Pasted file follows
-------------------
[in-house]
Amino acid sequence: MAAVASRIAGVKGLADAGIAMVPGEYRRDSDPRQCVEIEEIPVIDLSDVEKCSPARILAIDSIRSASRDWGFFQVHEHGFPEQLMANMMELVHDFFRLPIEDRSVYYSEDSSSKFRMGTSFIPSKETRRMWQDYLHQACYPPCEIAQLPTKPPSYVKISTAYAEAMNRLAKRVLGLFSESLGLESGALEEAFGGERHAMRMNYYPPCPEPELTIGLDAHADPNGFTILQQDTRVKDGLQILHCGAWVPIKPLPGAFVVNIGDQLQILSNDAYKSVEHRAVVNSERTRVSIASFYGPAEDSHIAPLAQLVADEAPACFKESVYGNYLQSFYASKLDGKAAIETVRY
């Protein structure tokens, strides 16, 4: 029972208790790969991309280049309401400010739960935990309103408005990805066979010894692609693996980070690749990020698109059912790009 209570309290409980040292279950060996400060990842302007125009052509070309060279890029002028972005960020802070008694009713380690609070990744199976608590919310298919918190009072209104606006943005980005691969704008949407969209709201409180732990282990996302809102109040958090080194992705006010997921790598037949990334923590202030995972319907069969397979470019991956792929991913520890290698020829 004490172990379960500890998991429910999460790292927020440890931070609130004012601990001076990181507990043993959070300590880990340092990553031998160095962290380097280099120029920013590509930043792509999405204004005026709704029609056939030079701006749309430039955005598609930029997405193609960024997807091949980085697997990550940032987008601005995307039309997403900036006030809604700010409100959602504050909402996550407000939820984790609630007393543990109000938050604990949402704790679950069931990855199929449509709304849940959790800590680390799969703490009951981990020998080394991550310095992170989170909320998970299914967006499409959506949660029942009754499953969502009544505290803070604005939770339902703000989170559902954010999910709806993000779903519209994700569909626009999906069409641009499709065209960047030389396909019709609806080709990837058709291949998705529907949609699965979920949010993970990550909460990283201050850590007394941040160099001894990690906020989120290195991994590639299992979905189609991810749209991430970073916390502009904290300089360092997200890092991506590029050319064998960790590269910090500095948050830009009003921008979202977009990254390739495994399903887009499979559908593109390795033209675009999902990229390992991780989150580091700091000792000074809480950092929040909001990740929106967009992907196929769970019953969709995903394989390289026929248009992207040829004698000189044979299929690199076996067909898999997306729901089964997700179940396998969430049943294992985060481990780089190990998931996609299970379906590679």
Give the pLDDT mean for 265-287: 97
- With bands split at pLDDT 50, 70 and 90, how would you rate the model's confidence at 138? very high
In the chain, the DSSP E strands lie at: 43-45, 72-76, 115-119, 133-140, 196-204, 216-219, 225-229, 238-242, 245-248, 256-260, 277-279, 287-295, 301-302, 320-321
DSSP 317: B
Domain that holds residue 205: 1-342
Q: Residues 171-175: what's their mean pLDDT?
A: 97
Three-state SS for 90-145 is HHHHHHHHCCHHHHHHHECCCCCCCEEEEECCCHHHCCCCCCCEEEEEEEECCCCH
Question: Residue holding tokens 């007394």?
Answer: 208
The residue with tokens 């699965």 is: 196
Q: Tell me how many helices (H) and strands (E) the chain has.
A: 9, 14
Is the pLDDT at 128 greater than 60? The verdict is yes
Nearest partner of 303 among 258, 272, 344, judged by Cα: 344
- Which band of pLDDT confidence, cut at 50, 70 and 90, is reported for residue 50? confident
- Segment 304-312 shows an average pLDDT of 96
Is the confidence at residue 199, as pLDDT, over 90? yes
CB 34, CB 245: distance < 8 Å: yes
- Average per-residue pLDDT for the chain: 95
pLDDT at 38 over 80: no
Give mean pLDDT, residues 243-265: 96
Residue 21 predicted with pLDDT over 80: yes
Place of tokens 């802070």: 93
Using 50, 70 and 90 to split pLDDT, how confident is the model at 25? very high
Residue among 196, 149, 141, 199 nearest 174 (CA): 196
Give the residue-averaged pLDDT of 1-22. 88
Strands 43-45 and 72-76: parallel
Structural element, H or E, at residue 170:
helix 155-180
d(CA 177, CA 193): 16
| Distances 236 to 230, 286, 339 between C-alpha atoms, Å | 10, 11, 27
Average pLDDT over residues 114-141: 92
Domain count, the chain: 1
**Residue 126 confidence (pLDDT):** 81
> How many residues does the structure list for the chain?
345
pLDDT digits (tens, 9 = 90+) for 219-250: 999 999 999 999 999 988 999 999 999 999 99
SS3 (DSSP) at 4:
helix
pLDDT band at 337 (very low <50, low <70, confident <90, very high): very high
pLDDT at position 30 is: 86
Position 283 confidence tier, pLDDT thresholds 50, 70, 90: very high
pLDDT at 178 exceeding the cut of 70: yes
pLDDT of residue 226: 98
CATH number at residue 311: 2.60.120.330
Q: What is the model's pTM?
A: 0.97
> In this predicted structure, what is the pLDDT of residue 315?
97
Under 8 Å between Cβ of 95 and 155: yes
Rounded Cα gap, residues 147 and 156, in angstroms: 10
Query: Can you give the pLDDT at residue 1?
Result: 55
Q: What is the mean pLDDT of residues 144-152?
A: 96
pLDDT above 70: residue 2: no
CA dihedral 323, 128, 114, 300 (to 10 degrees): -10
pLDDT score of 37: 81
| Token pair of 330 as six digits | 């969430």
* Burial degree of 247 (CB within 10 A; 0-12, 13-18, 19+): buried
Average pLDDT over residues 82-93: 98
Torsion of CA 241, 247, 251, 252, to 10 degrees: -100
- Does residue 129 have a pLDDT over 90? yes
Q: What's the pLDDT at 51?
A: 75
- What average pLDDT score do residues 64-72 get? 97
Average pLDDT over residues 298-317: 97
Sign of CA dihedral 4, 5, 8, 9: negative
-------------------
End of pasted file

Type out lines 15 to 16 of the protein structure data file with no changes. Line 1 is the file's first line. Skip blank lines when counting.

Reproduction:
Q: Tell me how many helices (H) and strands (E) the chain has.
A: 9, 14